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Beware in shopping used boats

November 6, 2010
By Capt. GEORGE TUNISON, captgeorget3@aol.com

I never thought I would be boat shopping again, but here I go.

These days, with our suffering economy, I get calls from folks wanting to charter, but in groups of four or five to help spread out the cost of a day on the water. I'm here to tell you that five people whipping rods, each armed with plugs with three sets of treble hooks on a flats boat of any size short of an aircraft carrier is a dangerous proposition.

I prefer to fish one or two dedicated well seasoned anglers on a flats boat, but I'm not in business to turn down work and teaching kids and first-timers is great fun as well.

Article Photos

Capt. George Tunison

One 6-year-old, a small rod and one two-pound, hard-pulling and high-jumping ladyfish usually will hook a kid for life. That's a good thing these days.

Even though I'm not fond of the idea of becoming a party boat captain, I'm shopping for a used bigger boat. Just like shopping for a used car, let the buyer beware.

First rule - when you find your used dream boat get the owner to allow you to have a competent mechanic do a compression test on the motor. No matter how shiny the hull, without good compression you are buying trouble. If the owner refuses, walk away.

Also, find out how many hours are on the motor. If there is an hour meter, of course, that helps. Many boats don't have one, but most modern engines have a computer port and with a laptop and the right program your mechanic can tell you a lot about an engine.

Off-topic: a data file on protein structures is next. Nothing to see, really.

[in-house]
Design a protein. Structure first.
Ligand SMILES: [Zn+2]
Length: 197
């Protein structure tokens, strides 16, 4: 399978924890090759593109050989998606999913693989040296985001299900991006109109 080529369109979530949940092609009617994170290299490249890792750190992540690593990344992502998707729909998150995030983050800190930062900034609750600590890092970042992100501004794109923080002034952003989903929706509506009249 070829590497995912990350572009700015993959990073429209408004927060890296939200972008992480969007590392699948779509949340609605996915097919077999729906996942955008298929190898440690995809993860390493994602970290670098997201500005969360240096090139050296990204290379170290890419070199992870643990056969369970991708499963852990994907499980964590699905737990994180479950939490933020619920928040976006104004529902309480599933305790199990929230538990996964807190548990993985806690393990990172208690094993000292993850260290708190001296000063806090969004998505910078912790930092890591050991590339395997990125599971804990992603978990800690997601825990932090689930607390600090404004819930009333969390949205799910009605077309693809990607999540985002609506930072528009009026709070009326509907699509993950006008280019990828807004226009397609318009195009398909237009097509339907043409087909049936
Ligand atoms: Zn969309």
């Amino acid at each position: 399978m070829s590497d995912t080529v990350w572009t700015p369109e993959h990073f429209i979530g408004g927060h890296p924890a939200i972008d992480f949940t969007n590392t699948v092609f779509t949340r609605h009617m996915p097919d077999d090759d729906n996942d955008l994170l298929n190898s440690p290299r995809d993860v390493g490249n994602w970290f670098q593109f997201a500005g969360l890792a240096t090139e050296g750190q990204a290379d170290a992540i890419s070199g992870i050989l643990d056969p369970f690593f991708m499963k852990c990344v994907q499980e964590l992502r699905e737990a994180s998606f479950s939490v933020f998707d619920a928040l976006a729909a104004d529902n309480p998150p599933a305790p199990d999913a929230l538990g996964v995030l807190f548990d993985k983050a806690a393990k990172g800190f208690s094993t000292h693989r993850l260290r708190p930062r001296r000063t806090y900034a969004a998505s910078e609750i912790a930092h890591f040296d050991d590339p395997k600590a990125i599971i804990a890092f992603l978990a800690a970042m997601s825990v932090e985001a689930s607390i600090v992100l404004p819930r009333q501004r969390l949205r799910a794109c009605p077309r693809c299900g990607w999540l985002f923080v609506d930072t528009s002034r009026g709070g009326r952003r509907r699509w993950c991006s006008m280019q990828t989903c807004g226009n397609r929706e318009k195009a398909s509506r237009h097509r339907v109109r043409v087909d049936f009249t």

Next, go over the hull and not just the sides. Get under it and closely inspect the bottom. A few scratches or rubs is not a big deal. You're looking for gouges, cracks, etc. Look closely at the transom both inside (if possible) and out. The weight and propulsion of the engine puts a lot of strain on the transom. If you suspect anything wrong in this area, don't buy it.

Next, look at the electrical systems. Corroded wiring and switches spell trouble.

Try to get a fuel sample and check for water contamination. These are just a sample of things to look for.

All of these issues can be corrected at $85 an hour plus parts. Be careful. If you need help on buying a boat, contact me.

Capt. Dick May of Easy Rider Charters says for lots of action go to Boca Grand or Captiva passes. Watch for schooling bait or diving birds. Throw white soft jerk baits, Gulp shrimp, or live pilchards on 40-pound leader or short wire leaders to large blue fish, lady fish and Spanish mackerel.

Have a heavy rod ready for sharks. Throw a live pinfish to them under a cork or balloon. There are also large pompano on the flats and beach just inside the passes. They will take shrimp and small pink or white trout tots fished on or near the bottom.

Keeper trout are mixed in with a lot of small trout and will take white jerk baits, Gulp shrimp and live pilchards.

Capt. Roy Bennett of Hot One II Charters started out the month of November with a bang. He had one of his best grouper days ever on Monday. Fishing in 85-feet of water off Redfish pass, his party caught 20 keeper red grouper to 26 inches, of which he was only able to keep six.

They also had well over 100 short grouper. He uses a two-hook rig and landed three doubleheaders of keeper grouper. He also had a 39-inch king and an 18-inch mahi.

Friend Jerry caught a dolphin on a castmaster spoon after they saw three chicken dolphin swimming around the boat. They had smooth seas and his friends are now addicted to grouper fishing even after being told it's not always that good.

Life is short, fish hard!

Capt. George Tunison is a Cape Coral resident fishing guide. Contact him at 239-282-9434 or captgeorget3@aol.com, or Flying Fins Sportfishing.

 
 
 

 

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